To conclude our detailed look at the ATLAS experiment, this episode looks at the computing infrastructure. We start out with the trigger systems that decide, very quickly, whether the data from a particular collision is worth keeping. We then discuss the reconstruction of the event, the simulation needed to understand the background as well as the LHC Grid used distribute data and computation over the whole planet. Our guest is CERN’n Frank Berghaus.
After understanding the history and development of ATLAS (and covering the LHC and particle physics in general) in previous episodes, we are now at the point where we can try to understand how a scientist uses the data produced by one of these large detectors and make sense of it. This is what we’ll do in this episode with physicist (and listener) Philipp Windischhofer. If you want to learn even more, you can check out these links provided by Philipp or read the last chapter of the book :-)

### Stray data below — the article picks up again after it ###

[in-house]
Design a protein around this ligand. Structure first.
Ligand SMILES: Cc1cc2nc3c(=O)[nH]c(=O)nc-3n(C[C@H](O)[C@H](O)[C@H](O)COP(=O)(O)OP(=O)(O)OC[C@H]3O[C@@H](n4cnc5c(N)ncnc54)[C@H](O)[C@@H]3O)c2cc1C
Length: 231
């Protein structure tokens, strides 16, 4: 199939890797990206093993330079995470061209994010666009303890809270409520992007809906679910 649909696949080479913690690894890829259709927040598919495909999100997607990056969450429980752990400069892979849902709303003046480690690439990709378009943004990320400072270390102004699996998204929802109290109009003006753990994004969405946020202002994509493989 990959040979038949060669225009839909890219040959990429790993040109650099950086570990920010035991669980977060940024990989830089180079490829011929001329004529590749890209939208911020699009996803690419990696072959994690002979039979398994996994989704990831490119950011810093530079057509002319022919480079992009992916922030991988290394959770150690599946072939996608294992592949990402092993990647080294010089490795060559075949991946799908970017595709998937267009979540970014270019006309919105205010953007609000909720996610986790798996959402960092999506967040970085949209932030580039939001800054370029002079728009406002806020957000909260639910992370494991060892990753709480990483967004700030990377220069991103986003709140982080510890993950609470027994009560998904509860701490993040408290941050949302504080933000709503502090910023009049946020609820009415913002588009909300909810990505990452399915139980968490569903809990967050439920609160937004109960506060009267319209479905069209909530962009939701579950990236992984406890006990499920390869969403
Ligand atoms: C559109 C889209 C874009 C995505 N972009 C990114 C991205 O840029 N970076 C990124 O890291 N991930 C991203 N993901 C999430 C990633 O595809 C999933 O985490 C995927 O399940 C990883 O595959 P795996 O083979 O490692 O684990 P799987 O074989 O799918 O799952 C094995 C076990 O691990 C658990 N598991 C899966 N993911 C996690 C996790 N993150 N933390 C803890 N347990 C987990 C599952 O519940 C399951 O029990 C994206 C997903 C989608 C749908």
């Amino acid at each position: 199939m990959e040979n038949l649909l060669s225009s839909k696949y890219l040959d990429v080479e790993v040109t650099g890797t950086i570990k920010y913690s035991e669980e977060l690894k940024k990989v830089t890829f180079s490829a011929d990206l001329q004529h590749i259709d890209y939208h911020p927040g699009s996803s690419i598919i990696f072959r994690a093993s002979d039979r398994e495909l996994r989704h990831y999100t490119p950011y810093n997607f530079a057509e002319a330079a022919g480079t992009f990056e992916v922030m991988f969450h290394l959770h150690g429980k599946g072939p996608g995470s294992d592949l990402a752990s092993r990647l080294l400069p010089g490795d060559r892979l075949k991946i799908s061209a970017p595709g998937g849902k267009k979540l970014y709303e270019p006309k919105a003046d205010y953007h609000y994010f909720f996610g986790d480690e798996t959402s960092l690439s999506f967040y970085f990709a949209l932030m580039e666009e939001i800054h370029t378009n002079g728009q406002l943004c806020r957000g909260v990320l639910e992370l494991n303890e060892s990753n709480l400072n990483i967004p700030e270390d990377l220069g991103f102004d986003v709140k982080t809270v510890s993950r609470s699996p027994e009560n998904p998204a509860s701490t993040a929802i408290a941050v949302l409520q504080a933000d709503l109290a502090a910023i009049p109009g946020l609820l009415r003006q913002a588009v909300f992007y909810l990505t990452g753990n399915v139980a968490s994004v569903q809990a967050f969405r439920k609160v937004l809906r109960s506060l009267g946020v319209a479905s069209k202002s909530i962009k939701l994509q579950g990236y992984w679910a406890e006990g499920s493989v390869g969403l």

ATLAS is one of the two general-purpose experiments at the LHC. It has been conceived, designed, and built over decades by hundreds of scientists and engineers from dozens of countries and hundreds of organizations. My guest, Peter Jenni, has been the head of the ATLAS collaboration for most of this time. In this episode we talk about science and engineering, but mostly about organizational aspects and the “community management” necessary to get such a magnificent machine off the ground.
In May I visited ALICE, one of the four large experiments at the LHC and talked with Despina Hatzifotiadou. We briefly discussed the science that ALICE is interested in, and then spent the majority of the time dissecting the detector to understand its components and how they detect the various products of particle collisions.